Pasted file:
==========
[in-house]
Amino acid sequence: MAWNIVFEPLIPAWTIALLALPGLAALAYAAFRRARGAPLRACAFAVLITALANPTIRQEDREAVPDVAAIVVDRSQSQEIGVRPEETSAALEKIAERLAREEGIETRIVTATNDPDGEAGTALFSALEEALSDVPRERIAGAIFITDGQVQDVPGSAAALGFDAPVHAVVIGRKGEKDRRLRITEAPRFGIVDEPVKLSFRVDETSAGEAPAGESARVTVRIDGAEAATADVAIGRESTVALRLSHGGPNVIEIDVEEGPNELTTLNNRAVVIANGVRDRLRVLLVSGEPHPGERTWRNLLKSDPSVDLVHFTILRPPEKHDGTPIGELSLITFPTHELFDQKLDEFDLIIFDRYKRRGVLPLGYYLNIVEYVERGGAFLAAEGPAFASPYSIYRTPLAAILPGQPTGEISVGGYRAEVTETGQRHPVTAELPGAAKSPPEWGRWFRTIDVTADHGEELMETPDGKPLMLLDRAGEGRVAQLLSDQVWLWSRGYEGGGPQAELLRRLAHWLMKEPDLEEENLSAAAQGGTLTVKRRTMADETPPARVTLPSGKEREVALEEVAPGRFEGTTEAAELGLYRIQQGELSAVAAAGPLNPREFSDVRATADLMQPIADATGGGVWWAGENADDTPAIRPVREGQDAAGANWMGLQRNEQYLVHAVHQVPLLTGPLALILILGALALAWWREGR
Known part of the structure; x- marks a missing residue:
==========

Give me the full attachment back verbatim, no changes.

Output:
[in-house]
Amino acid sequence: MAWNIVFEPLIPAWTIALLALPGLAALAYAAFRRARGAPLRACAFAVLITALANPTIRQEDREAVPDVAAIVVDRSQSQEIGVRPEETSAALEKIAERLAREEGIETRIVTATNDPDGEAGTALFSALEEALSDVPRERIAGAIFITDGQVQDVPGSAAALGFDAPVHAVVIGRKGEKDRRLRITEAPRFGIVDEPVKLSFRVDETSAGEAPAGESARVTVRIDGAEAATADVAIGRESTVALRLSHGGPNVIEIDVEEGPNELTTLNNRAVVIANGVRDRLRVLLVSGEPHPGERTWRNLLKSDPSVDLVHFTILRPPEKHDGTPIGELSLITFPTHELFDQKLDEFDLIIFDRYKRRGVLPLGYYLNIVEYVERGGAFLAAEGPAFASPYSIYRTPLAAILPGQPTGEISVGGYRAEVTETGQRHPVTAELPGAAKSPPEWGRWFRTIDVTADHGEELMETPDGKPLMLLDRAGEGRVAQLLSDQVWLWSRGYEGGGPQAELLRRLAHWLMKEPDLEEENLSAAAQGGTLTVKRRTMADETPPARVTLPSGKEREVALEEVAPGRFEGTTEAAELGLYRIQQGELSAVAAAGPLNPREFSDVRATADLMQPIADATGGGVWWAGENADDTPAIRPVREGQDAAGANWMGLQRNEQYLVHAVHQVPLLTGPLALILILGALALAWWREGR
Known part of the structure; x- marks a missing residue: